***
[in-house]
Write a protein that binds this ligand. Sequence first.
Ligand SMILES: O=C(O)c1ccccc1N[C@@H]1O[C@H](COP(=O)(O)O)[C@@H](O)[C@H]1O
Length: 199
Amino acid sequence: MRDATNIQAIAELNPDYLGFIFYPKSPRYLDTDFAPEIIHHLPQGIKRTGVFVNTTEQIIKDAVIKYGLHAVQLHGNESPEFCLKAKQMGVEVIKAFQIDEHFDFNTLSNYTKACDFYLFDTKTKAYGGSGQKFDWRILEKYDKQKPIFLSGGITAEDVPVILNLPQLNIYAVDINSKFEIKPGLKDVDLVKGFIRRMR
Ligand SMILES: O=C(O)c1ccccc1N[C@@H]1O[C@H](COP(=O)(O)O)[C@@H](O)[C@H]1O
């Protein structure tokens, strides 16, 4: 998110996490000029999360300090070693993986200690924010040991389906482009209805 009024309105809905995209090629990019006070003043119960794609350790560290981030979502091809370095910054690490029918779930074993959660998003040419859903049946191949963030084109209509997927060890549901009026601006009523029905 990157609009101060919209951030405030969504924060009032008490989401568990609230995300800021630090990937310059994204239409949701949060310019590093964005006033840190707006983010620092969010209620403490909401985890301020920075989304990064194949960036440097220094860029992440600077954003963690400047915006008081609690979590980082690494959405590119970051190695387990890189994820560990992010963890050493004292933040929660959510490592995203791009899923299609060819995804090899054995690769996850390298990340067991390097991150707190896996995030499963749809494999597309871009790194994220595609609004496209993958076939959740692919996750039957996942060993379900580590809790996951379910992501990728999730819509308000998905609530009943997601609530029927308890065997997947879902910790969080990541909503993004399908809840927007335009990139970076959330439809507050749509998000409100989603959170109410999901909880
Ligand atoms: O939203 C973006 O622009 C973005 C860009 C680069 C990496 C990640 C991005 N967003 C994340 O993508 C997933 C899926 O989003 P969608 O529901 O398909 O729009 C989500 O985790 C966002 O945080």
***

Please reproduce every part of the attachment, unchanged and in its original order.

[in-house]
Write a protein that binds this ligand. Sequence first.
Ligand SMILES: O=C(O)c1ccccc1N[C@@H]1O[C@H](COP(=O)(O)O)[C@@H](O)[C@H]1O
Length: 199
Amino acid sequence: MRDATNIQAIAELNPDYLGFIFYPKSPRYLDTDFAPEIIHHLPQGIKRTGVFVNTTEQIIKDAVIKYGLHAVQLHGNESPEFCLKAKQMGVEVIKAFQIDEHFDFNTLSNYTKACDFYLFDTKTKAYGGSGQKFDWRILEKYDKQKPIFLSGGITAEDVPVILNLPQLNIYAVDINSKFEIKPGLKDVDLVKGFIRRMR
Ligand SMILES: O=C(O)c1ccccc1N[C@@H]1O[C@H](COP(=O)(O)O)[C@@H](O)[C@H]1O
């Protein structure tokens, strides 16, 4: 998110996490000029999360300090070693993986200690924010040991389906482009209805 009024309105809905995209090629990019006070003043119960794609350790560290981030979502091809370095910054690490029918779930074993959660998003040419859903049946191949963030084109209509997927060890549901009026601006009523029905 990157609009101060919209951030405030969504924060009032008490989401568990609230995300800021630090990937310059994204239409949701949060310019590093964005006033840190707006983010620092969010209620403490909401985890301020920075989304990064194949960036440097220094860029992440600077954003963690400047915006008081609690979590980082690494959405590119970051190695387990890189994820560990992010963890050493004292933040929660959510490592995203791009899923299609060819995804090899054995690769996850390298990340067991390097991150707190896996995030499963749809494999597309871009790194994220595609609004496209993958076939959740692919996750039957996942060993379900580590809790996951379910992501990728999730819509308000998905609530009943997601609530029927308890065997997947879902910790969080990541909503993004399908809840927007335009990139970076959330439809507050749509998000409100989603959170109410999901909880
Ligand atoms: O939203 C973006 O622009 C973005 C860009 C680069 C990496 C990640 C991005 N967003 C994340 O993508 C997933 C899926 O989003 P969608 O529901 O398909 O729009 C989500 O985790 C966002 O945080």